DealLawyers.com Blog

December 4, 2007

URI’s Request for Specific Performance: The Elephant in the Room

From Kevin Miller of Alston & Bird: With the recent spate of busted buyouts, the legal and financial community – as well as the press – have devoted significant time to dissecting the provisions of the relevant merger agreements and other transaction documents. Unfortunately, a critical issue has been overlooked.

While the Delaware courts may respect provisions in contracts in which the parties agree that irreparable harm would result from a breach of their agreement when considering motions for injunctive relief, such deference is not generally appropriate when granting extraordinary permanent relief such as specific performance.

In a recent case involving the sale of real property, Vice Chancellor Noble wrote:

“Specific performance is an equitable remedy designed to protect a party‚Äôs expectations under a contract by compelling the other party to perform its agreed upon obligation. Specific performance is an extraordinary remedy, appropriate where assessing money damages would be impracticable or would fail to do complete justice. . . . The party seeking specific performance must show that there is no adequate remedy at law. A party is never absolutely entitled to specific performance; the remedy is a matter of grace and not of right, and its appropriateness rests in the sound discretion of the court” (footnotes omitted, emphasis added).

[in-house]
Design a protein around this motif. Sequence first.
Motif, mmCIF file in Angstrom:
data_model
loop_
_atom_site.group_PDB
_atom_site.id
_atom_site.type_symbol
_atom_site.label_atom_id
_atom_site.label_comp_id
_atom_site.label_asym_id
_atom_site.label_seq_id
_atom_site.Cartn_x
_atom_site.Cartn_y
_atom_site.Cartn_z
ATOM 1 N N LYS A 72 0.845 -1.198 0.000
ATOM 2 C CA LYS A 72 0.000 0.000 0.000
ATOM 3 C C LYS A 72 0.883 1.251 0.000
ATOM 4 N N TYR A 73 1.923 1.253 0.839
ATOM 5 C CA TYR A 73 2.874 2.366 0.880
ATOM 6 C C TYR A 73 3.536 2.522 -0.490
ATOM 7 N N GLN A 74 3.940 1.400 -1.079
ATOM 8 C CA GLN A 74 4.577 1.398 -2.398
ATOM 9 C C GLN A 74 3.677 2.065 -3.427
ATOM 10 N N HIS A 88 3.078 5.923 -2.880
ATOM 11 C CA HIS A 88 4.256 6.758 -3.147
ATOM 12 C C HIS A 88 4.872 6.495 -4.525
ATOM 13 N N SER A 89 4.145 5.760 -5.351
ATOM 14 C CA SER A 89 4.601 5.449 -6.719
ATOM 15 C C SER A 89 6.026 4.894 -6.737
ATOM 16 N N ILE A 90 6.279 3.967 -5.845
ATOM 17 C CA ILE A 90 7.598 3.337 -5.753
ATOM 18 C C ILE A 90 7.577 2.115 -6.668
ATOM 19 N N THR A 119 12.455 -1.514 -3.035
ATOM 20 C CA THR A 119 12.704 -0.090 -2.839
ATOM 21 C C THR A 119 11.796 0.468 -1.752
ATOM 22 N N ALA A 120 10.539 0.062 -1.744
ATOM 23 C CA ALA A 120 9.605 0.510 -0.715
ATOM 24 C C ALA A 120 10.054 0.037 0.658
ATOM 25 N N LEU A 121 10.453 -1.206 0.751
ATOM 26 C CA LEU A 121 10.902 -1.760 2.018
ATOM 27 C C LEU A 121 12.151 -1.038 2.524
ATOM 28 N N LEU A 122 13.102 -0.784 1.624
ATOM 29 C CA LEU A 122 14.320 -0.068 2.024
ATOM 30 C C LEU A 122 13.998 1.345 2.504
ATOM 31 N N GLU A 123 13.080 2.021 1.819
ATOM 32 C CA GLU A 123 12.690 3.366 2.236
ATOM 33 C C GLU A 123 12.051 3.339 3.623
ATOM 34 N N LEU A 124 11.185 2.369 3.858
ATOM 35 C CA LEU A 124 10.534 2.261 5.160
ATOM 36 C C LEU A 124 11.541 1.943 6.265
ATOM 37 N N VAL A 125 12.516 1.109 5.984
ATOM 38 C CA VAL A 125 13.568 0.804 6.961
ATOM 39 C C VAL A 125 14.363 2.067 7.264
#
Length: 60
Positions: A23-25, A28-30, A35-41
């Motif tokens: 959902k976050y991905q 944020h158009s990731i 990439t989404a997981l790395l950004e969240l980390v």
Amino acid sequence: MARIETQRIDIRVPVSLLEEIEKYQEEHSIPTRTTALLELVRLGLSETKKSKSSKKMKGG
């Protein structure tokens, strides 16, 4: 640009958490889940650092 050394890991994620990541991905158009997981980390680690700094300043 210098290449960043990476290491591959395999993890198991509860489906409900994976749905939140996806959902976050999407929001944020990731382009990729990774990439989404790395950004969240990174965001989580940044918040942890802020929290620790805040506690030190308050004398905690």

URI’s brief fails to justify specific performance for two reasons, both relating to the alleged harms it claims: (i) the defendants’ failure to pay the agreed cash merger consideration and (ii) the decline in the value of URI shares as a result of the defendants’ allegedly manipulative disclosures.

First, to the extent the alleged harms solely relate to the fact that URI’s shareholders will not receive the agreed cash merger consideration or that the value of the URI shares they hold has declined, money damages would appear to be a practicable and therefor more appropriate remedy. URI voluntarily agreed to a cap on money damages – and should not now be permitted to claim that money damages are inadequate as a remedy because of that agreed limitation.

Second, and more importantly, the alleged harms are not harms to URI. They are only harms to URI’s shareholders who are not third party beneficiaries under the merger agreement and are consequently not entitled to protection or relief against such harms (see Consolidated Edison v. Northeast Utilities, 426 F.3d 524 (2d Cir. 2005) applying New York law and holding that shareholders cannot sue for lost merger premium; see also Tooley v. Donaldson, Lufkin & Jenrette, Inc., 845 A.2d 1031 (Del. 2004) applying Delaware law in analogous circumstances).

It seems reasonably clear that we don’t want to have to worry about claims by other non-third party beneficiaries – e.g., executive officers, customers, suppliers, municipalities, etc. – that their expected or specifically contemplated benefits from a proposed merger constitute protectable interests justifying specific enforcement of a merger agreement (see “The ConEd Decision – One Year Later: Significant Implications for Public Company Mergers Appear Largely Ignored”).

Nowhere in URI’s brief do they set forth the standards for granting specific performance of a contract under Delaware law. Instead, they rely solely on the agreement of the parties in the merger agreement: “Section 9.10 is enforceable under Delaware law, establishes irreparable harm, and warrants specific performance and an injunction.”